Background: In patients with hypertrophic cardiomyopathy (HCM), enlargement of the left atrium (LA) is associated with increased morbidity and mortality because of risk of atrial fibrillation (AF), stroke, and heart failure. In this study, we investigated whether LA reverse remodeling occurs after septal myectomy. Methods: Between August 2007 and July 2015, 656 patients underwent myectomy at our institution and had preoperative and postoperative transthoracic echocardiographic (TTE) recording of LA volume index (LAVI). We reviewed clinical and echocardiographic data of these patients, and assessed for changes over time by comparing preoperative and postoperative measurements. Results: The median age was 56 (interquartile range [IQR], 46, 65) years, and 370 (56%) were male. New York Heart Association Class III/IV dyspnea was present in 581 (89%). Preoperative TTE showed LAVI of 48 (IQR, 38, 60) mL/m2. In patients with history of AF, preoperative LAVI was 57 (IQR, 45, 68) mL/m2, and in those without AF, LAVI measured 45 (IQR, 37, 57) mL/m2 (p < 0.001). All patients underwent transaortic septal myectomy. Early postoperative TTE (4 [IQR, 3, 5] days) demonstrated LAVI of 43 (IQR, 36, 52) mL/m2 (p < 0.001), and late postoperative TTE (2.0 [IQR, 1.1, 4.1] years) showed LAVI of 38 (29, 47) mL/m2 (p < 0.001). Preoperative LAVI was associated with late development of AF (p = 0.002). Conclusions: Left atrial volume decreases significantly after surgical relief of left ventricular outflow tract obstruction. Early changes likely reflect lower LA pressure due to gradient relief and abolishment of mitral regurgitation, and late reduction suggests continued reverse remodeling.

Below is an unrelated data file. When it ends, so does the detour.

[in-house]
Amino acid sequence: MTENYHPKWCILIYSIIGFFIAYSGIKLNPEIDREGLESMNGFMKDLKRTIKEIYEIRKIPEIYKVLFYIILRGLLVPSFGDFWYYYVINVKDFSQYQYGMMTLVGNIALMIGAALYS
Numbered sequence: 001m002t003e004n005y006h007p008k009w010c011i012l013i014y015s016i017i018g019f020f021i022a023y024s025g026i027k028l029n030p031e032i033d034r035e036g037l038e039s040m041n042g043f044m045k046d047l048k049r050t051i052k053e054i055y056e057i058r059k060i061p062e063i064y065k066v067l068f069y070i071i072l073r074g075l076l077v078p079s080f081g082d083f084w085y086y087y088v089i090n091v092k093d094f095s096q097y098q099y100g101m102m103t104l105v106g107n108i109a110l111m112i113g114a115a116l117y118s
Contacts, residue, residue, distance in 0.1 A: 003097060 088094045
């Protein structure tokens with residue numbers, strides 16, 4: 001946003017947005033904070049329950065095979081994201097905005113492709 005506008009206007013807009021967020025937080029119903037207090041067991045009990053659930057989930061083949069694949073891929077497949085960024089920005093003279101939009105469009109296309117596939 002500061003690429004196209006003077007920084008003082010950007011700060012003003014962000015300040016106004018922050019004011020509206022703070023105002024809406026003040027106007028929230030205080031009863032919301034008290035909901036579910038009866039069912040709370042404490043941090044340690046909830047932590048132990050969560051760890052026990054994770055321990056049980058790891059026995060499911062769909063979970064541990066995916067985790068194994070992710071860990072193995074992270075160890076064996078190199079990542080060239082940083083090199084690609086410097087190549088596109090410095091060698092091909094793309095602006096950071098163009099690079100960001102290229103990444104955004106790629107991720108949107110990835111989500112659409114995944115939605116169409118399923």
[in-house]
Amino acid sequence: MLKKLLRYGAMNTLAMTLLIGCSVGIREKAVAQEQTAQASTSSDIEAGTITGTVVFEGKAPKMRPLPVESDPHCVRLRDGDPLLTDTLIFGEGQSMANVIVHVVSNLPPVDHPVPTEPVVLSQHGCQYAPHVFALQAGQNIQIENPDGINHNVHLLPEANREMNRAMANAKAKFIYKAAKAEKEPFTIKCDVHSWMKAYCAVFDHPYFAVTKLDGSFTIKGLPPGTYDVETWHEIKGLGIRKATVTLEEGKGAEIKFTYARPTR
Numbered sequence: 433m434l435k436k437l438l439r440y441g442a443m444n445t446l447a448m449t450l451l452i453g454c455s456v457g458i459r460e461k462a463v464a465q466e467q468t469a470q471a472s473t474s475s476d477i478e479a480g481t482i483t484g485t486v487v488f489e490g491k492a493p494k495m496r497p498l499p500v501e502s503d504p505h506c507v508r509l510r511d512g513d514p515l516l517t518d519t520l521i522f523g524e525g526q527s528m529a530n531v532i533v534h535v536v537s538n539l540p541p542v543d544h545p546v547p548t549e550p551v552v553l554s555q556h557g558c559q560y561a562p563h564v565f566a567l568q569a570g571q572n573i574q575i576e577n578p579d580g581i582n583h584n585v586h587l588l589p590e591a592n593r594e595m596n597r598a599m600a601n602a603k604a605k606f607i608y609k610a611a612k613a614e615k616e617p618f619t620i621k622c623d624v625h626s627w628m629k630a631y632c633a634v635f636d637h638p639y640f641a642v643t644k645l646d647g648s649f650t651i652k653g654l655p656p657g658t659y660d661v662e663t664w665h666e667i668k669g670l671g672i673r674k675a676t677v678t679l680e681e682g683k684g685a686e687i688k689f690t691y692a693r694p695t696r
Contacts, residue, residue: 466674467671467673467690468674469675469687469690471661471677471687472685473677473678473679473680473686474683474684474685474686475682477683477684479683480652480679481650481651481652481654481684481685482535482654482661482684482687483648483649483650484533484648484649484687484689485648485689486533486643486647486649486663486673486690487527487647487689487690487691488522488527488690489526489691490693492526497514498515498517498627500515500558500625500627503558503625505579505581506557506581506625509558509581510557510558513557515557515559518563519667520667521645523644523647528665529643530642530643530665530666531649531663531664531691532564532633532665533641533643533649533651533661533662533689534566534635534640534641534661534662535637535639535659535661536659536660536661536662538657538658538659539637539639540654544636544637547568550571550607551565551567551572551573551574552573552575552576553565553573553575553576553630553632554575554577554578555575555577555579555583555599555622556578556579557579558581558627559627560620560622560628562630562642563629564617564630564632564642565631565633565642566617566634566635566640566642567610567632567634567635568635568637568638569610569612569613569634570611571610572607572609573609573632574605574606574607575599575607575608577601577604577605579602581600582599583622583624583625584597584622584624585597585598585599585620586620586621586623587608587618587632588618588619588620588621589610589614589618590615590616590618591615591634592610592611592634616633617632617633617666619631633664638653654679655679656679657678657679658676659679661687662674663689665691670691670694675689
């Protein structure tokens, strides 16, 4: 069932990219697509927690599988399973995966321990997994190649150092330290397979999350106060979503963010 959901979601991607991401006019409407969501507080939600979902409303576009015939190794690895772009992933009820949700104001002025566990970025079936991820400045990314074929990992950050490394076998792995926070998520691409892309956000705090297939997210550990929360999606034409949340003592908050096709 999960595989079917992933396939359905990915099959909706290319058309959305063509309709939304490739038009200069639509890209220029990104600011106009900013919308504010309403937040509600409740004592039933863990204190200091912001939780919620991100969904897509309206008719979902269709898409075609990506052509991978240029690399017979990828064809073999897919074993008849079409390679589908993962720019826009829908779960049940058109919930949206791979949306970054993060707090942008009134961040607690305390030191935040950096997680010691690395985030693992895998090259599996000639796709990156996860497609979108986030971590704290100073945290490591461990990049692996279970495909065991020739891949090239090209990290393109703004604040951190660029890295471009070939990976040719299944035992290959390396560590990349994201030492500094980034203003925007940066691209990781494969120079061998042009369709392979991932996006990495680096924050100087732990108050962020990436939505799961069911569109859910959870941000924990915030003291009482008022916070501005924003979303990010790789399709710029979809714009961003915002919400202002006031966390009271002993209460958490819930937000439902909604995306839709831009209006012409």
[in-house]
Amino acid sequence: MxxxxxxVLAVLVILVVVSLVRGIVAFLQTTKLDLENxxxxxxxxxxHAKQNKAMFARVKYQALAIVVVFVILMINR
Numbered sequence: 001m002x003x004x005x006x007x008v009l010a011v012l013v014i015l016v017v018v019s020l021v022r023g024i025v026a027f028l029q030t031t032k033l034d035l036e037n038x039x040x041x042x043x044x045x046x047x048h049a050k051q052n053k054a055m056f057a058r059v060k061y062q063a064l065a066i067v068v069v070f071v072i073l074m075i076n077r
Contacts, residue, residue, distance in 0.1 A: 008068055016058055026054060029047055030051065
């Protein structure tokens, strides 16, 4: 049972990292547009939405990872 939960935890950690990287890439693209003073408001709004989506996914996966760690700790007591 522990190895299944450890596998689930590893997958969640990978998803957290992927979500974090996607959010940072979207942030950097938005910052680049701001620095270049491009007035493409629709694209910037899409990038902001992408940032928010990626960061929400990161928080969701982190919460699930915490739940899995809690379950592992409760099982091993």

ASJC Scopus subject areas
- Pulmonary and Respiratory Medicine
- Cardiology and Cardiovascular Medicine